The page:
Serfs owned by the three major estate-holders. The local government of old Tibet prescribed that serfs must stay on the land within the manors of their owners, and were not allowed to leave without permission. Fleeing from the manor was forbidden. They were serfs from generation to generation, confined to the land of their owners. All serfs and their livestock with labor ability had to till the plots of land assigned to them and provide corvée labor. Once the serfs lost their ability to labor, they were deprived of livestock, farm tools and land, and degraded to the status of slaves. The serf-owners literally possessed the living bodies of their serfs. Since serfs were their private property, they could trade and transfer them, present them as gifts, make them gambling stakes or mortgages for debt or exchange them. According to historical records, in 1943 the noble Trimon Norbu Wangyal sold 100 serfs to a monk official at Kadron Gangsa, in the Drigung area, each serf for 60 liang of silver. He also sent 400 serfs to the Kunde Ling Monastery as a payment for a debt of 3,000 pin of silver (one pin equals 50 liang of silver). The serf-owners had a firm grip on the birth, death and marriage of serfs. A Tibetan ballad of the time goes, "Our lives were given to us by our parents, while our bodies are owned by the government. We are not masters of our own lives or bodies, or of our own destiny." All serfs had to ask their owners for permission to marry, and male and female serfs not belonging to the same owner had to pay "redemption fees" before they could marry. After marriage, serfs were also taxed for their newborn children. Children of serfs were registered the moment they were born, sealing their life-long fate as serfs.

Rigid hierarchy. The 13-Article Code and 16-Article Code, which were enforced for several hundred years in old Tibet, divided people into three classes and nine ranks, enshrining inequality between the different ranks in law. The Code stipulated that people were divided into three classes by blood and position, each class was further divided into three ranks. The upper class consisted of the small minority of nobles, Living Buddhas and senior officials; the middle class was composed of lower-ranking ecclesiastical and secular officials, military officers, and the agents of the three major estate-holders; and serfs and slaves constituted the lower class, accounting for 95 percent of Tibet's total population. The provision concerning the penalty for murder in the Code provided that "as people are divided into different classes and ranks, the value of a life correspondingly differs." The bodies of people of the highest rank of the upper class, such as a prince or Living Buddha, were literally worth their weight in gold. The lives of people of the lowest rank of the lower class, such as women, butchers, hunters and craftsmen, were only worth a straw rope. The Report on the Prohibition against Taking in Descendents of Blacksmiths kept in the Archives of the Tibet Autonomous Region records that in 1953, when the 14th Dalai Lama found out that one of his servants was a blacksmith's descendent, he immediately expelled the servant, and announced that descendents of gold, silver and iron smiths, and butchers belonged to the lowest rank of the lower class, and were forbidden to serve in the government or marry people from other ranks or classes. Tibetologist Tom Grunfeld of the State University of New York, noted in his book The Making of Modern Tibet that equality among mankind, though incorporated in the doctrines of Buddhism, unfortunately failed to prevent the Tibetan rulers from setting up their own rigid hierarchical system.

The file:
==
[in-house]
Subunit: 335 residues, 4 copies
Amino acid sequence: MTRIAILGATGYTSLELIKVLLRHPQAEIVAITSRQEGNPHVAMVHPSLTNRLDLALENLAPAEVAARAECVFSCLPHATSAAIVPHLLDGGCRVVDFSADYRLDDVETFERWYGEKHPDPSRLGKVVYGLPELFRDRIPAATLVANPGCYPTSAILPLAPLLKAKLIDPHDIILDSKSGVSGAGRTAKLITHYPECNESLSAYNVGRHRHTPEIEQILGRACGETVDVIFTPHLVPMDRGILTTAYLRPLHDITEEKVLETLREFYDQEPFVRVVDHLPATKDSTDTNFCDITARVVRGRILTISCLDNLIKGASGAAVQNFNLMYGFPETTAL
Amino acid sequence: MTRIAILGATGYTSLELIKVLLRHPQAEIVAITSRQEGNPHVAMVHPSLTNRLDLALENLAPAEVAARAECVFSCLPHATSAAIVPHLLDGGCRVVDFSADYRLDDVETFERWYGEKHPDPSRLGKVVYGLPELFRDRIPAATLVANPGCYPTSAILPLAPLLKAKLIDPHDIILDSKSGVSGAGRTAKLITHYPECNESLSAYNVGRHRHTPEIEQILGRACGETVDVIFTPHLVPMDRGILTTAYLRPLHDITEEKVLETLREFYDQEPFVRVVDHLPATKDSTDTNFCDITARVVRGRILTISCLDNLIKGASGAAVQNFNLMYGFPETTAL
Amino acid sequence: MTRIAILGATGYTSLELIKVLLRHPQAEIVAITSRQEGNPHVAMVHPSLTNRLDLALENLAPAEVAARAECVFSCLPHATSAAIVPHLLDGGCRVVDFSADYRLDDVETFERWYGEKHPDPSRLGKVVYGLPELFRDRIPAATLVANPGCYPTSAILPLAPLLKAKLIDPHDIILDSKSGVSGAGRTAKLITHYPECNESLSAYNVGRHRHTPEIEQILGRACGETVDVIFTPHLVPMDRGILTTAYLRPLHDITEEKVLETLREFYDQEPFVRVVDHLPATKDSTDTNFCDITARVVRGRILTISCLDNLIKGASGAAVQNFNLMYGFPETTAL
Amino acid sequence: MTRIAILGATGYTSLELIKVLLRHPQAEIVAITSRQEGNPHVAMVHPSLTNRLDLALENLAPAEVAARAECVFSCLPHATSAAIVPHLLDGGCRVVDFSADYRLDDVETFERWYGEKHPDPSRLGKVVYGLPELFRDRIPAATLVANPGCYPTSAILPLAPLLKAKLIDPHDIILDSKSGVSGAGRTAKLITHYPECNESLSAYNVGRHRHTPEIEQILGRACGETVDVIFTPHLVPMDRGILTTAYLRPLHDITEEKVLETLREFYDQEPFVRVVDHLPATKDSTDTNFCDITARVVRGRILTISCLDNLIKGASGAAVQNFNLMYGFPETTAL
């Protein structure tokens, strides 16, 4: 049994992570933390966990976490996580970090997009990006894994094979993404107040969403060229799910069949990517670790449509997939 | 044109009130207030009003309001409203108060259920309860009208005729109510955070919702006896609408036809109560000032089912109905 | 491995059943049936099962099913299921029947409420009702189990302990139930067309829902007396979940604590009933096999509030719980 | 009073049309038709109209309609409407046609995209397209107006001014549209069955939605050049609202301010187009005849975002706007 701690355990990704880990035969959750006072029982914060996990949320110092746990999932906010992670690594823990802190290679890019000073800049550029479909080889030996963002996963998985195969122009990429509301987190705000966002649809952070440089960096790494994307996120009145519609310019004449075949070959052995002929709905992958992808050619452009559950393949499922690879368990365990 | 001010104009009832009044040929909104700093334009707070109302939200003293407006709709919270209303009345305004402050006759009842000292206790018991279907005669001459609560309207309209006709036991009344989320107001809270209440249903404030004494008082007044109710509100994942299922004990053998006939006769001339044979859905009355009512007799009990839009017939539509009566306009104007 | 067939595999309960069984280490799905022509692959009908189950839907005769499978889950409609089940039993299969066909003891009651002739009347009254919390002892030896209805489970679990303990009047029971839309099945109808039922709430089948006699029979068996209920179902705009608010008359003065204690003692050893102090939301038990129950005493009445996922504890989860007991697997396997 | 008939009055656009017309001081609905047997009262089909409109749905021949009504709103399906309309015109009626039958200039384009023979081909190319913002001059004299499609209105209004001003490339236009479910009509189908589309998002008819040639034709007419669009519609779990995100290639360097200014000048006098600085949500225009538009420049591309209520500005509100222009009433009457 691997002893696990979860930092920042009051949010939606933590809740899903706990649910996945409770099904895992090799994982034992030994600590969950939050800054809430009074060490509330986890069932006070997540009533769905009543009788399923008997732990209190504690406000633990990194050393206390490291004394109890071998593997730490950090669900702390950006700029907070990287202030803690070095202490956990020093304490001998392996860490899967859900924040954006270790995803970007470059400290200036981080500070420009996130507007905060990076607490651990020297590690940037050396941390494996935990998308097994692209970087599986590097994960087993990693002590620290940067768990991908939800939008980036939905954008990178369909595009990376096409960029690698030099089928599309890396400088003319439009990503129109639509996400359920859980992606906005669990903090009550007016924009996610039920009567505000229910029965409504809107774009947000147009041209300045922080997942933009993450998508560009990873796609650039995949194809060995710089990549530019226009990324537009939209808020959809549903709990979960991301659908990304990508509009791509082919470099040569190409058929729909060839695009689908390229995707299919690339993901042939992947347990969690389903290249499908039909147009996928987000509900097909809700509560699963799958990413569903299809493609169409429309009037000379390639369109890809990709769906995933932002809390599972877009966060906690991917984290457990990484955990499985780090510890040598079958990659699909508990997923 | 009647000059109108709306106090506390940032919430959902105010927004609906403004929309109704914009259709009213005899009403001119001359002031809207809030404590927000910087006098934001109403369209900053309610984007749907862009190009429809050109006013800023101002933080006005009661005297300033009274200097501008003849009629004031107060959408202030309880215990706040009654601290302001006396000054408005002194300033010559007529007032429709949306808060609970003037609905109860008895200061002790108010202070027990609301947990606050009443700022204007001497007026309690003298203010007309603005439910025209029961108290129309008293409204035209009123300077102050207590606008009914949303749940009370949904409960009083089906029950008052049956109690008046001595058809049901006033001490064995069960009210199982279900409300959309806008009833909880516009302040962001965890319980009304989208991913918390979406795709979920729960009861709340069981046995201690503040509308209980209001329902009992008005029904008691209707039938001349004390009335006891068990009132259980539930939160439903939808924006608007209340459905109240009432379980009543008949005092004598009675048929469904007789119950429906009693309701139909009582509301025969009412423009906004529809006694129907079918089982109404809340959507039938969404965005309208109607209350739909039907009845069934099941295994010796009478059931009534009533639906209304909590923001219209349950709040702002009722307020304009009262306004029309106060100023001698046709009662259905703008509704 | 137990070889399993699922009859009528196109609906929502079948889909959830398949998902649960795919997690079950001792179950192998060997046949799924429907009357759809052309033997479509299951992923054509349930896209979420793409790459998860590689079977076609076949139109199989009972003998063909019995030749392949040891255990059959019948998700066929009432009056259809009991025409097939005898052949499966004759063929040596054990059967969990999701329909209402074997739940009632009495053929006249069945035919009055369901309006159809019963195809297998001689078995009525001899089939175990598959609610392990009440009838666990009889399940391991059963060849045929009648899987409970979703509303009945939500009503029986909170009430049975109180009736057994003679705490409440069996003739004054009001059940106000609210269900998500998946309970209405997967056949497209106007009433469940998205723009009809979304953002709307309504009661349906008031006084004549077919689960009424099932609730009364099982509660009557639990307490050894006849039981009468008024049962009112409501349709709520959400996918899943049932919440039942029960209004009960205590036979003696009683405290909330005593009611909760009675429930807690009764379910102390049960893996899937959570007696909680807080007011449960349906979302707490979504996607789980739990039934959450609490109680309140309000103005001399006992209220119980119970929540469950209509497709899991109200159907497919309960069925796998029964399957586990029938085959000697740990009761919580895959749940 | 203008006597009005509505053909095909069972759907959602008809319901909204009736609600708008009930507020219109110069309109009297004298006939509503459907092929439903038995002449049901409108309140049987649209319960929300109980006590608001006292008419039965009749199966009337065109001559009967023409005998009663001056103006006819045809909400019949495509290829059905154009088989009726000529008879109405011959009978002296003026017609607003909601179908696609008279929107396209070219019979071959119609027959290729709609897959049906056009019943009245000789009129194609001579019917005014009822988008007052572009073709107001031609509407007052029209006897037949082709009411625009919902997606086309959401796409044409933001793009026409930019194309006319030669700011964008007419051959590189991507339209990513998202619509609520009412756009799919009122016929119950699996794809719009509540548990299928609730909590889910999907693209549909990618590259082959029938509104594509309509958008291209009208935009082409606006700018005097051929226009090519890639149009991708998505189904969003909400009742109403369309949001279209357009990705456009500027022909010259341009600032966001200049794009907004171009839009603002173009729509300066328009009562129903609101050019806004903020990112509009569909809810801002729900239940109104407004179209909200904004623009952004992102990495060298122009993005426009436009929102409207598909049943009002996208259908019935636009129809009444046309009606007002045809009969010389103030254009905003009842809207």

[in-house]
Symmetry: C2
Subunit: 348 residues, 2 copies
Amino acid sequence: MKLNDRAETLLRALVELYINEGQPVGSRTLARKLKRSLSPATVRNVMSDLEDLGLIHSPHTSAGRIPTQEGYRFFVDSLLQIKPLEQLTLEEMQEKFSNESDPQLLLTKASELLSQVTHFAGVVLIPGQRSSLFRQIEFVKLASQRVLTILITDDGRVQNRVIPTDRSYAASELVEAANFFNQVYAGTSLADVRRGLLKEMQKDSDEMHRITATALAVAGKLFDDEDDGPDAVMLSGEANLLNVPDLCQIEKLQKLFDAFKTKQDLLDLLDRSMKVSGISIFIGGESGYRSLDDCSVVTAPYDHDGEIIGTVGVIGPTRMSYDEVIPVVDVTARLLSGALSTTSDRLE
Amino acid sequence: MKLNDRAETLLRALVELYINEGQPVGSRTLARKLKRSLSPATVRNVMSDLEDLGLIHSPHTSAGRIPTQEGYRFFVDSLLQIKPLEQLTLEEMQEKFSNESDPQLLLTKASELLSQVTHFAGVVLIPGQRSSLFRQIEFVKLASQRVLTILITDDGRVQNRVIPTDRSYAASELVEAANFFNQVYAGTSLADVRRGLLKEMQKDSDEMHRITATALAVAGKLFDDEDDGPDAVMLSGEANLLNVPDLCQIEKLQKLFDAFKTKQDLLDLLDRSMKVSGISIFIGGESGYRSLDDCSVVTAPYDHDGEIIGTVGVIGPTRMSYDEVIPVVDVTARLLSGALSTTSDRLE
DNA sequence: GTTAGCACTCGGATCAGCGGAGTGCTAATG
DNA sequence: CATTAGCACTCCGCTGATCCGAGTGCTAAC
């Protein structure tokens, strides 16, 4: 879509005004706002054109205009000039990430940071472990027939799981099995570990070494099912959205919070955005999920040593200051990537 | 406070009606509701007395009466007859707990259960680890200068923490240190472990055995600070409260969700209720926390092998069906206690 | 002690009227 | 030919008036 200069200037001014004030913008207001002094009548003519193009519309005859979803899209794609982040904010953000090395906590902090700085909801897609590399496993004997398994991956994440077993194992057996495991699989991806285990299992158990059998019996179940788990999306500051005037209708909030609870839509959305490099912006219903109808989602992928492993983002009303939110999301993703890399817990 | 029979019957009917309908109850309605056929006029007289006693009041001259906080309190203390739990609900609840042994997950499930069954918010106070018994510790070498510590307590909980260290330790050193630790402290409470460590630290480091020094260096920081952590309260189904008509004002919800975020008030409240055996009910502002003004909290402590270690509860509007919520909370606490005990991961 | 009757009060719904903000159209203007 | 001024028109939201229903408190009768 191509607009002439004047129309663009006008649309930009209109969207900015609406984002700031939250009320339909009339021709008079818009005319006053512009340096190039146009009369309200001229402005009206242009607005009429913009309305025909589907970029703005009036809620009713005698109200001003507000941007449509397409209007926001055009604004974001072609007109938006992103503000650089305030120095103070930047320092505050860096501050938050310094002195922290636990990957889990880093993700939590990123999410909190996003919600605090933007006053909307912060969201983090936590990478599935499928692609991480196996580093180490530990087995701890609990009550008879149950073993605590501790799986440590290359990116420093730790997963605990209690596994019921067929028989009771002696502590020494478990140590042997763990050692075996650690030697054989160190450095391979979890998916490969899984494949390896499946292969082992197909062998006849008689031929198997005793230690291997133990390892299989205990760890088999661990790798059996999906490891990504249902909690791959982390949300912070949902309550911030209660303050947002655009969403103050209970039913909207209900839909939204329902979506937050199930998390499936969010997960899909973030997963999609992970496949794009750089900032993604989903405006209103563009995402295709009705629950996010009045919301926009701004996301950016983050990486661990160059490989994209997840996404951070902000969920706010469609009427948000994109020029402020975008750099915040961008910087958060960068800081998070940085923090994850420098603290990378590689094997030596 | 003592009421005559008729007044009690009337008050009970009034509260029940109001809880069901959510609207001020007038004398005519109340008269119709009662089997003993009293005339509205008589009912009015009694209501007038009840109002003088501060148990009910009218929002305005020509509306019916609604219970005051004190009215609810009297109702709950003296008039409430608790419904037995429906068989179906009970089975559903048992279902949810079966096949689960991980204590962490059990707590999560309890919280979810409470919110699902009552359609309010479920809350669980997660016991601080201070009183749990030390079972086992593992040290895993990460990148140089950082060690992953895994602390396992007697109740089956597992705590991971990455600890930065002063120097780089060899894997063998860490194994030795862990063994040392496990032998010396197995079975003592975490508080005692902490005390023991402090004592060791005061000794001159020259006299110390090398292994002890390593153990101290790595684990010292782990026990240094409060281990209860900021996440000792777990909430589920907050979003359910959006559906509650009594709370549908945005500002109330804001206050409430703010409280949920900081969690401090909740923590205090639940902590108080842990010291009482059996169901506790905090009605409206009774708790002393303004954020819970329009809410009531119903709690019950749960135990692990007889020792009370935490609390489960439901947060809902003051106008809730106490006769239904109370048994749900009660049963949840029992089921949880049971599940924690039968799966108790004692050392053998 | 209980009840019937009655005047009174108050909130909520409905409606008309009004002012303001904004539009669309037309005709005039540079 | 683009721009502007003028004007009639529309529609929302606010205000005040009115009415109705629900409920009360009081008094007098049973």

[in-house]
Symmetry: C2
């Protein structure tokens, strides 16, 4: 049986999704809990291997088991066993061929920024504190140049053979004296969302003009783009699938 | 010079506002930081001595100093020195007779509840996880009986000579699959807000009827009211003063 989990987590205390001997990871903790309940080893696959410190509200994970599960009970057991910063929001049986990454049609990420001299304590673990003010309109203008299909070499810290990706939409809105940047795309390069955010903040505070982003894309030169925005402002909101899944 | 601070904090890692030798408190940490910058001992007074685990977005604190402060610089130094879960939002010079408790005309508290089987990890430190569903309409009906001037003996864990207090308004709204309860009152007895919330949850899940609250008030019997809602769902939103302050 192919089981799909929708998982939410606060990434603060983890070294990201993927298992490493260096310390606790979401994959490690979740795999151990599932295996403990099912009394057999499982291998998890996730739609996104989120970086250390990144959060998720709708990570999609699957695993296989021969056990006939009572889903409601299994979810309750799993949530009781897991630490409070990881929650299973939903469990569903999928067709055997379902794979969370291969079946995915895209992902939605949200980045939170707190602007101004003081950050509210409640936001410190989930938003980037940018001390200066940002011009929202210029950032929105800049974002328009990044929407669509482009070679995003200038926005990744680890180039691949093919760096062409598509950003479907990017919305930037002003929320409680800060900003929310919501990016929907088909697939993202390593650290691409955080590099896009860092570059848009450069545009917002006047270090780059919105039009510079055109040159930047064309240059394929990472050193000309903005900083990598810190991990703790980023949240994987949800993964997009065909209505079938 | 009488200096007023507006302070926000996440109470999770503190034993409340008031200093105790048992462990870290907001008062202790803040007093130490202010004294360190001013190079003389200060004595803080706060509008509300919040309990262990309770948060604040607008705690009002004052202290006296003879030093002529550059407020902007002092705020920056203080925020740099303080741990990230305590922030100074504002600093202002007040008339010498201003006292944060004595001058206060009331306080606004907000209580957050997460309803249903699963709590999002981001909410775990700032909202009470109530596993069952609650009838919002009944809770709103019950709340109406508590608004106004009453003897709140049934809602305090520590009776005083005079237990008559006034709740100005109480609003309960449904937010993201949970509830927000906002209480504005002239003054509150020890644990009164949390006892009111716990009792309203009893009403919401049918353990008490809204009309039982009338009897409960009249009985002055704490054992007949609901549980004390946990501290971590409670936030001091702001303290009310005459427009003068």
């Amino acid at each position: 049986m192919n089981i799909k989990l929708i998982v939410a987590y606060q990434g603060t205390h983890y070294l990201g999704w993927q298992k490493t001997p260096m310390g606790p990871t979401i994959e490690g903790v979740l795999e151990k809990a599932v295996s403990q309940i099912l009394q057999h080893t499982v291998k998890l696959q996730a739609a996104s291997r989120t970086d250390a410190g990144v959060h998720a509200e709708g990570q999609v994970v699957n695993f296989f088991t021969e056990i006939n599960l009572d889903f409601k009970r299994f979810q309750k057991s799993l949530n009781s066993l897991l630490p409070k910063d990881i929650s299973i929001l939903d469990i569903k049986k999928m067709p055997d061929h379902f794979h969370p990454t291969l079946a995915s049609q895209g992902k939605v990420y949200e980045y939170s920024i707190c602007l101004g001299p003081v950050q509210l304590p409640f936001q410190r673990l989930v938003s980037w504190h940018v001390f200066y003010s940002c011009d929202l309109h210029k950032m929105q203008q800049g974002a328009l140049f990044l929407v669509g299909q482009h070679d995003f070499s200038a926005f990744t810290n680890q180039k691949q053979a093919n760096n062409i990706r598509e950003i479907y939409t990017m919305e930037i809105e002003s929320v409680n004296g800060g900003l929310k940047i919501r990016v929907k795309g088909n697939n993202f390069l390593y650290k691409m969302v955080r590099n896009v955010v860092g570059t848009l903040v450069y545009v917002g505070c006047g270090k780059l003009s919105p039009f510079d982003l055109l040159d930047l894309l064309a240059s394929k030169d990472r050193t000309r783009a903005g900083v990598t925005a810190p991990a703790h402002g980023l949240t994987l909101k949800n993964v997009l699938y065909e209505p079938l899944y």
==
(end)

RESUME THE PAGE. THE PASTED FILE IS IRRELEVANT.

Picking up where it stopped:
Cruel political oppression and corporal punishments. As stipulated in the Code of old Tibet, when serfs "infringe upon" the interests of the three estate-holders, the estate-holders "have their eyes gouged out, legs hamstrung, tongue cut out, or hands severed, or have them hurled from a cliff, drowned or otherwise killed; such punishments are a warning to others not to follow their example." Any serf "who voices grievances at the palace, behaving disgracefully, should be arrested and whipped; anyone who disobeys a master shall be arrested; anyone who spy on a master shall be arrested; a commoner who offends an official shall be arrested." When people of different classes and ranks violated the same criminal law, the criteria for imposing penalties and the means of punishment were quite different in old Tibet. As stipulated in the Code, a servant who was insubordinate to his master could have his hands or feet chopped off; but a master who injured a servant only needed to give the servant medical treatment; and a servant who injured a Living Buddha was deemed to have committed a felony and would have his eyes gouged out, a limb amputated, or even put to death.